The Prevailing Theory

A closer look at whether the state’s prevailing wage law actually delivers on its stated legislative purpose.

Among all the proverbial “third rails” that exist in politics, state prevailing wage laws feature some of highest voltage.  These controversial state-level versions of the Depression-era federal Davis-Bacon Act mandate pay levels for public construction projects that meet certain thresholds to ensure that government projects offer compensation that corresponds to local market rates for various occupations.

This on-again, off-again topic is back in the news.  In a preemptive effort to inoculate Minnesota policy makers against what the authors themselves describe as the “legislative virus” of prevailing wage repeal infecting the Midwest, researchers from the Midwest Economic Policy Institute and Colorado State University-Pueblo released a report that studied 600 Minnesota school district construction bids and found prevailing wage had no statistically significant effect on school construction costs.[1]

It might seem very strange that so much political drama can arise out of a law requiring something so seemingly normal and unremarkable as paying the levels of compensation that already exist in a local economy.  The hint that something else may be going on here can be found in the language of Minnesota’s own prevailing wage statute:

It is in the public interest that public buildings and other public works be constructed and maintained by the best means and highest quality of labor reasonably available and that persons working on public works be compensated according to the real value of the services they perform.  It is therefore the policy of this state that wages of laborers, workers, and mechanics on projects financed in whole or part by state funds should be comparable to wages paid for similar work in the community as a whole.”

Minnesota Statutes, Chapter 177, Section 41

Few would argue with the statute’s statement of public interest or its intent.  But determining and quantifying the “real value” of someone’s labor is an inherently challenging and arguably subjective task.  That’s especially true when it involves the use of imprecise definitions and vague concepts such as “comparable wages,” “similar work,” and “in the community as a whole.”  While most prevailing wage debates center on whether these laws should exist, an overlooked and underappreciated policy issue is the process states that have implemented these laws use to actually determine their prevailing wage rates.

The OLA Chimes In…

In Minnesota, the Department of Labor and Industry (DLI) administers the prevailing wage rate-setting process.  DLI uses a survey to collect information from contractors and other interested parties on the wages paid to employees working on non-residential construction projects, along with cost of their fringe benefits.  The survey data is then used to set prevailing wage rates for a variety of “job groups” (electrician, carpenter, etc.) in each of Minnesota’s 87 counties.  The survey design includes three features we believe are important to understand.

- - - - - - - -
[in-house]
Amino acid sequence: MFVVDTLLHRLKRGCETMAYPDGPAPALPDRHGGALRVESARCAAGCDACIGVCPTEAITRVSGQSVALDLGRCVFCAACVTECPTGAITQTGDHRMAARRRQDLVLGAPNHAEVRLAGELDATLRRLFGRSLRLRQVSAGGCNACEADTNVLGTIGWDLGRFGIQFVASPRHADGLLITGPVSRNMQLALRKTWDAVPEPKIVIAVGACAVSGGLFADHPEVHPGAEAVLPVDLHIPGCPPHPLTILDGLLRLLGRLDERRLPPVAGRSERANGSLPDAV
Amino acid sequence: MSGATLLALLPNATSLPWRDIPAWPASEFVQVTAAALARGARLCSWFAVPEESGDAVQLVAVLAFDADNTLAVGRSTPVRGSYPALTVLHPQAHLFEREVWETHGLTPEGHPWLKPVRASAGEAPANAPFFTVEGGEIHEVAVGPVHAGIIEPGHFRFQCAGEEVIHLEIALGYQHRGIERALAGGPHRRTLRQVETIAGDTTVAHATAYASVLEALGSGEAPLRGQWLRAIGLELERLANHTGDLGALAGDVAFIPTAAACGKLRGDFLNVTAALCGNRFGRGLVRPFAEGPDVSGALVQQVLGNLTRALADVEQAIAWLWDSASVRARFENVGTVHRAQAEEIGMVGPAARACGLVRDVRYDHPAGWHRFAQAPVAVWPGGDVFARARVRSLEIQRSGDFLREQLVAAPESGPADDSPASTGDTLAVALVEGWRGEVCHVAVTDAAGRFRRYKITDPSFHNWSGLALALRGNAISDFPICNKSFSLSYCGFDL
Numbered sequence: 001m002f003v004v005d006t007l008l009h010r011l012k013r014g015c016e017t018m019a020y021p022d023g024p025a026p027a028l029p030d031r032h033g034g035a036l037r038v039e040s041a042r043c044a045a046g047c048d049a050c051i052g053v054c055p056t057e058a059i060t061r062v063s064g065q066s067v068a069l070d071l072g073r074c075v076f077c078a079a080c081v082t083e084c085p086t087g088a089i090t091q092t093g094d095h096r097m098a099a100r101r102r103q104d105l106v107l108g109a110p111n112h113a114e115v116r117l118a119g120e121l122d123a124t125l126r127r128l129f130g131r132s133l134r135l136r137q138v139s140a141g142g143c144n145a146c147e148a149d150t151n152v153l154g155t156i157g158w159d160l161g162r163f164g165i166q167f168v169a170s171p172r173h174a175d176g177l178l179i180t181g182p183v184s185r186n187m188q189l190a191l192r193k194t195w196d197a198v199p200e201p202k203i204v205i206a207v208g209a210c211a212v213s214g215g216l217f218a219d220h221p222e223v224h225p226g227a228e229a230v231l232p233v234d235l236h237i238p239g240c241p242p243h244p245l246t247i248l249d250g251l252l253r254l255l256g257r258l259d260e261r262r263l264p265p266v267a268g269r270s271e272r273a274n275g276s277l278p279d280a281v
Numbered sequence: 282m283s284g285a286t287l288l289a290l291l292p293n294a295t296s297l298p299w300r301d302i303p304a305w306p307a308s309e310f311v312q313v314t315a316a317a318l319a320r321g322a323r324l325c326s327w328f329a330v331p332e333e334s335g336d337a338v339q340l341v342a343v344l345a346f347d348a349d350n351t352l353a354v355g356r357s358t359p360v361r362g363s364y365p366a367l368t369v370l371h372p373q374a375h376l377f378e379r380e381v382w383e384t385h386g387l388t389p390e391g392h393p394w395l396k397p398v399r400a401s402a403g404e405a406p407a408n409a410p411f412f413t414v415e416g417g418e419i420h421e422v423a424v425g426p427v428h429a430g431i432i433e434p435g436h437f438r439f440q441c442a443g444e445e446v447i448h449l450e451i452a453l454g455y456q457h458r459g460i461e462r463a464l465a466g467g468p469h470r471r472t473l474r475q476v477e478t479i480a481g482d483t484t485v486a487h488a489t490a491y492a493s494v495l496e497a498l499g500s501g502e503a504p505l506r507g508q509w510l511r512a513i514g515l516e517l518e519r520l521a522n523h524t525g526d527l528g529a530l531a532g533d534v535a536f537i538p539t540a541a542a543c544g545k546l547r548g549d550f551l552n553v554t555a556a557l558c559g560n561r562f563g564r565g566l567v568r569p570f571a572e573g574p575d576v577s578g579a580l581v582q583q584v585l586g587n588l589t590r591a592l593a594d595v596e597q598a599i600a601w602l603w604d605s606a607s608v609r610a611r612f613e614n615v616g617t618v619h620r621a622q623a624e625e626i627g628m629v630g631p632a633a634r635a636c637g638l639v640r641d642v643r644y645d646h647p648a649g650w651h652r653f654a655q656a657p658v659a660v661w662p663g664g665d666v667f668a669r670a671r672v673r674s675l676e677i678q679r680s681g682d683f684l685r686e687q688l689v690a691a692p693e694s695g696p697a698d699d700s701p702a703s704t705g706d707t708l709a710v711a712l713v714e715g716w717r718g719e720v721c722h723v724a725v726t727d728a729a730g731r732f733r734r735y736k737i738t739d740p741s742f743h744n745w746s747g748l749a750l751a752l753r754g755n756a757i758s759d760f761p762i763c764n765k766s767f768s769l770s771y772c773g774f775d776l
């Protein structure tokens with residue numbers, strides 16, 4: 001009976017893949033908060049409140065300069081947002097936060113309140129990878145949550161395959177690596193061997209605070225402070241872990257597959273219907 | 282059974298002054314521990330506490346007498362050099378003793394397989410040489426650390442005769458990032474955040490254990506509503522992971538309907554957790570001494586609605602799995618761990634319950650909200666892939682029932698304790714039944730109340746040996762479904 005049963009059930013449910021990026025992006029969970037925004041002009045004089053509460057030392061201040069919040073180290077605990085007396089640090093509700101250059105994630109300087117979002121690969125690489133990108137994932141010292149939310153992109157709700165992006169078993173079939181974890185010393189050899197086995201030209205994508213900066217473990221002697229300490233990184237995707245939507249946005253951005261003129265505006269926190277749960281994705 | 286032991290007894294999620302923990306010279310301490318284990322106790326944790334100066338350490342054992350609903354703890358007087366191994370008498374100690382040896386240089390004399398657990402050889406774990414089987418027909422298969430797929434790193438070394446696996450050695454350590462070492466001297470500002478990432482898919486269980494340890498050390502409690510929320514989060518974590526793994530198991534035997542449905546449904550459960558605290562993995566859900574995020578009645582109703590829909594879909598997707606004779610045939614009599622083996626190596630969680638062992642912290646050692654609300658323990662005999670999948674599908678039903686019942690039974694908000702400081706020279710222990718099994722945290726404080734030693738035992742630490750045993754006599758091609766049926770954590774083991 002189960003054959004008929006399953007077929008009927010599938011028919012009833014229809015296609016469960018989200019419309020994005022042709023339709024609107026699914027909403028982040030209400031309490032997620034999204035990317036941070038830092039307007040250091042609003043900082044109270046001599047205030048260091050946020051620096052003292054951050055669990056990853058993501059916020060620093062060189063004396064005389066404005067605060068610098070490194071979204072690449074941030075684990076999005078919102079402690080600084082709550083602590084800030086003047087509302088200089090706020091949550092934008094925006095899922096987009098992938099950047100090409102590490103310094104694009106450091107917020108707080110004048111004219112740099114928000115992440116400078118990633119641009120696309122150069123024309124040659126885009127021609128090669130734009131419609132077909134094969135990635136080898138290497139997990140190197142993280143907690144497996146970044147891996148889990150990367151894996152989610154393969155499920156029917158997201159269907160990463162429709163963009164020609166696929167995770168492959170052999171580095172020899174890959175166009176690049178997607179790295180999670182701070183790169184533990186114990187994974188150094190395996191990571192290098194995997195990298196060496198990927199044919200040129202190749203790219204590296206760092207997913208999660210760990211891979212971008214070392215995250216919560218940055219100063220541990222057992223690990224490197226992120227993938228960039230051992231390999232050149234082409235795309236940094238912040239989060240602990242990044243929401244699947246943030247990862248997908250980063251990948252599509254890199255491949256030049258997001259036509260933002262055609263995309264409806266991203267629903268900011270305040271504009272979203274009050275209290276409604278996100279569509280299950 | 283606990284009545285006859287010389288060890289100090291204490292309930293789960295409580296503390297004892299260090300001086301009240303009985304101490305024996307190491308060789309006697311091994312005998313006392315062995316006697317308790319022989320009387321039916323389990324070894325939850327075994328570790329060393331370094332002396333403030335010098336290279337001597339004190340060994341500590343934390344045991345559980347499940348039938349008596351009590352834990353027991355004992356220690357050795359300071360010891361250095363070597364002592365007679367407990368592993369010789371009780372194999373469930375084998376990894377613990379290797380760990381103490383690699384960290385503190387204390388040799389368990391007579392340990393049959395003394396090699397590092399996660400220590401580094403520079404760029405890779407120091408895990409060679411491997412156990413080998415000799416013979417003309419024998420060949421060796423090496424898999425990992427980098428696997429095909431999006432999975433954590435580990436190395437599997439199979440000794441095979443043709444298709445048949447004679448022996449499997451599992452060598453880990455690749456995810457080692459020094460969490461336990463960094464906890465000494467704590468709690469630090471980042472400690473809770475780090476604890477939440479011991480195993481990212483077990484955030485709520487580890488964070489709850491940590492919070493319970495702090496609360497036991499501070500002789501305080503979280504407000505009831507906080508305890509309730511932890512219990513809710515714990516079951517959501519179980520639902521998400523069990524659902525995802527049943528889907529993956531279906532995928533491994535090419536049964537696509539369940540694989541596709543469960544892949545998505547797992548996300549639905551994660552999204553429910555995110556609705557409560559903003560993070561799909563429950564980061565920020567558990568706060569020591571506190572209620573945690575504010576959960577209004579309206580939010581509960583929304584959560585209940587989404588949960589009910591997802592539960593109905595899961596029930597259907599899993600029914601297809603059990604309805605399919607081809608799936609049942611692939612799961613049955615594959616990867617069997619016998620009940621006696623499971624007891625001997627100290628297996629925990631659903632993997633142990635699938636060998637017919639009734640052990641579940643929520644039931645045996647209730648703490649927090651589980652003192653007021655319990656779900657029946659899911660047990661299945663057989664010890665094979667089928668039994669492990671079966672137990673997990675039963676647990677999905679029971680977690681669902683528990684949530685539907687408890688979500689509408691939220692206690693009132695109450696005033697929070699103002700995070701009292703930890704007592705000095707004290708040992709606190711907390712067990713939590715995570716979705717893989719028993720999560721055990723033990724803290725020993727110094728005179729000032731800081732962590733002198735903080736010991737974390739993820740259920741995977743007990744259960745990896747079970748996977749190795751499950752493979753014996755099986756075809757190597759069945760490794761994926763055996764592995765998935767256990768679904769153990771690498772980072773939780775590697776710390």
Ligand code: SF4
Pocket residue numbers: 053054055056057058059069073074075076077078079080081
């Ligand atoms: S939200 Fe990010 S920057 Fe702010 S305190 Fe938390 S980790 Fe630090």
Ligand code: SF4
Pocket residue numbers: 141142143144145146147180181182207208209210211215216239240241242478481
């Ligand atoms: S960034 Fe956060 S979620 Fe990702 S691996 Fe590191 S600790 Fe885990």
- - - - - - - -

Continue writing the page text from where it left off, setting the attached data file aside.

First, the survey is project-based and not employer- or firm-based.  The survey does not gather information comprehensively on a county-by-county basis about the wages and benefits employers located in the county pay to employees who work on nonresidential construction projects.  Instead, it only gathers information on the wages and benefits paid to employees working at individual project sites in each county.  Second, any individual construction site can have multiple projects, since for prevailing wage purposes the term “project” is defined by specific contracts, and not the finished construction.  The state has designed the survey process so that multiple contractors working at a site may each submit a survey reflecting their own work.  Moreover, an individual contractor with multiple contracts for different stages of work at a construction site may report employee wage and benefit rates associated with each individual contract as a separate “project.”  Finally, the survey is voluntary.  It does not use random sampling with follow-up of non-respondents, as is generally the case for government survey projects.  Participation in the state’s prevailing wage survey is completely voluntary.  (And since the survey is based on projects which would need to be identified in real time, without a statewide database of public construction projects DLI would be hard-pressed to contact non-respondents even if state law mandated that it try to.)